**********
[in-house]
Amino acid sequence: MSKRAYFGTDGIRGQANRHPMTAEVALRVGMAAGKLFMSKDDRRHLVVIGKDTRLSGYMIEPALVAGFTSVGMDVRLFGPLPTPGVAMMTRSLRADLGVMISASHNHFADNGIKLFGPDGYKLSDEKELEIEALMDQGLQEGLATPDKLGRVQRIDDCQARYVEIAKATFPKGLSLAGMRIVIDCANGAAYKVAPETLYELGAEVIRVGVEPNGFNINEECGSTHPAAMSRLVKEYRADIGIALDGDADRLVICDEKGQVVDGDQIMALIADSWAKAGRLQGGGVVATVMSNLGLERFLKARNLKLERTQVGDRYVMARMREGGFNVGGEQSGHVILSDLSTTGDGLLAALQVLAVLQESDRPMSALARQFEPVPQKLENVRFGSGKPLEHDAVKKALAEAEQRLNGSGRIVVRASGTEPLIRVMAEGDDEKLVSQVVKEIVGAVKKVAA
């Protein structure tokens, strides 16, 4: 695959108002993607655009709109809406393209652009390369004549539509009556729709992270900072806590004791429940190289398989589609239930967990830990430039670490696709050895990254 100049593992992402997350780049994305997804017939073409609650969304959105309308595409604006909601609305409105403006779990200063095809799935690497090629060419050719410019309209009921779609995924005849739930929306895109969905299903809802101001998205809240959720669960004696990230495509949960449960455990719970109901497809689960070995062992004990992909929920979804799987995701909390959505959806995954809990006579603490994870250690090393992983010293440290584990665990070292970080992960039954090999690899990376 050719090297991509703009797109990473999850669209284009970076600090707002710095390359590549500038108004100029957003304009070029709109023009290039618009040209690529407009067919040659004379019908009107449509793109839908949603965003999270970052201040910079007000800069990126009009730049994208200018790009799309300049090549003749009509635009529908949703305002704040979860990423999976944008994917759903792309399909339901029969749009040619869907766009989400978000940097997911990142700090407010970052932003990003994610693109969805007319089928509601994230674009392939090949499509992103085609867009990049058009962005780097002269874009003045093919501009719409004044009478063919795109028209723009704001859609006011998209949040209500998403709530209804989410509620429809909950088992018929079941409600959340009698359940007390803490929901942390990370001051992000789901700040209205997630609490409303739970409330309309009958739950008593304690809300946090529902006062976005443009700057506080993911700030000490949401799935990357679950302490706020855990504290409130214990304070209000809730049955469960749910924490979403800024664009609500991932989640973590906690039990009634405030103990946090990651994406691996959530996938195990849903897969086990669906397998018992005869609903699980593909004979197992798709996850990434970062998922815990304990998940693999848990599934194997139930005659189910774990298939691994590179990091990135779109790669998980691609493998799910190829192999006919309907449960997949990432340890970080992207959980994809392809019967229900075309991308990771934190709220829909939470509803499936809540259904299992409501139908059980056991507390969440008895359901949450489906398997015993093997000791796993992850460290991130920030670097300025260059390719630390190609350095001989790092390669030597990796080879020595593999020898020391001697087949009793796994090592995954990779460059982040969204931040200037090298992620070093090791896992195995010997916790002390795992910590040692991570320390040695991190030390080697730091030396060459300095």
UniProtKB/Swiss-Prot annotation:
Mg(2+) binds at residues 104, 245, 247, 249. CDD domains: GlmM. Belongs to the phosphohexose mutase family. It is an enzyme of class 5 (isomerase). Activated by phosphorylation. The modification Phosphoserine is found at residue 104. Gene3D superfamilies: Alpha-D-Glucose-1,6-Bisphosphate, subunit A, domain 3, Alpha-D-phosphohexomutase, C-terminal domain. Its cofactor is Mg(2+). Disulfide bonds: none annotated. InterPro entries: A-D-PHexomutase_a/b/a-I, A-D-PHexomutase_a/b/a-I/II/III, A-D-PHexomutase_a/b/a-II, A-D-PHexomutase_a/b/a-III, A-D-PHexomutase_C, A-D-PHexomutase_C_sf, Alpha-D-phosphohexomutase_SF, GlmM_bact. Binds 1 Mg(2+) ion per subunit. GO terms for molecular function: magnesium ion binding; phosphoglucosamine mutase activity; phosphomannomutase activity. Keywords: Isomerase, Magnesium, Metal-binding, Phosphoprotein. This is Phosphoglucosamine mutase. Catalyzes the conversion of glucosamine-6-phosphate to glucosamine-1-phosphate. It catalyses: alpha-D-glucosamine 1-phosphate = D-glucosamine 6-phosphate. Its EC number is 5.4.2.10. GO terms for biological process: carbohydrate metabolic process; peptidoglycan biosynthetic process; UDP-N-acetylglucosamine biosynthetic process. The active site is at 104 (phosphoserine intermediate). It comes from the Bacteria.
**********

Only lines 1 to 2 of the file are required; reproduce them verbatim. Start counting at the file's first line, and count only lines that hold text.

[in-house]
Amino acid sequence: MSKRAYFGTDGIRGQANRHPMTAEVALRVGMAAGKLFMSKDDRRHLVVIGKDTRLSGYMIEPALVAGFTSVGMDVRLFGPLPTPGVAMMTRSLRADLGVMISASHNHFADNGIKLFGPDGYKLSDEKELEIEALMDQGLQEGLATPDKLGRVQRIDDCQARYVEIAKATFPKGLSLAGMRIVIDCANGAAYKVAPETLYELGAEVIRVGVEPNGFNINEECGSTHPAAMSRLVKEYRADIGIALDGDADRLVICDEKGQVVDGDQIMALIADSWAKAGRLQGGGVVATVMSNLGLERFLKARNLKLERTQVGDRYVMARMREGGFNVGGEQSGHVILSDLSTTGDGLLAALQVLAVLQESDRPMSALARQFEPVPQKLENVRFGSGKPLEHDAVKKALAEAEQRLNGSGRIVVRASGTEPLIRVMAEGDDEKLVSQVVKEIVGAVKKVAA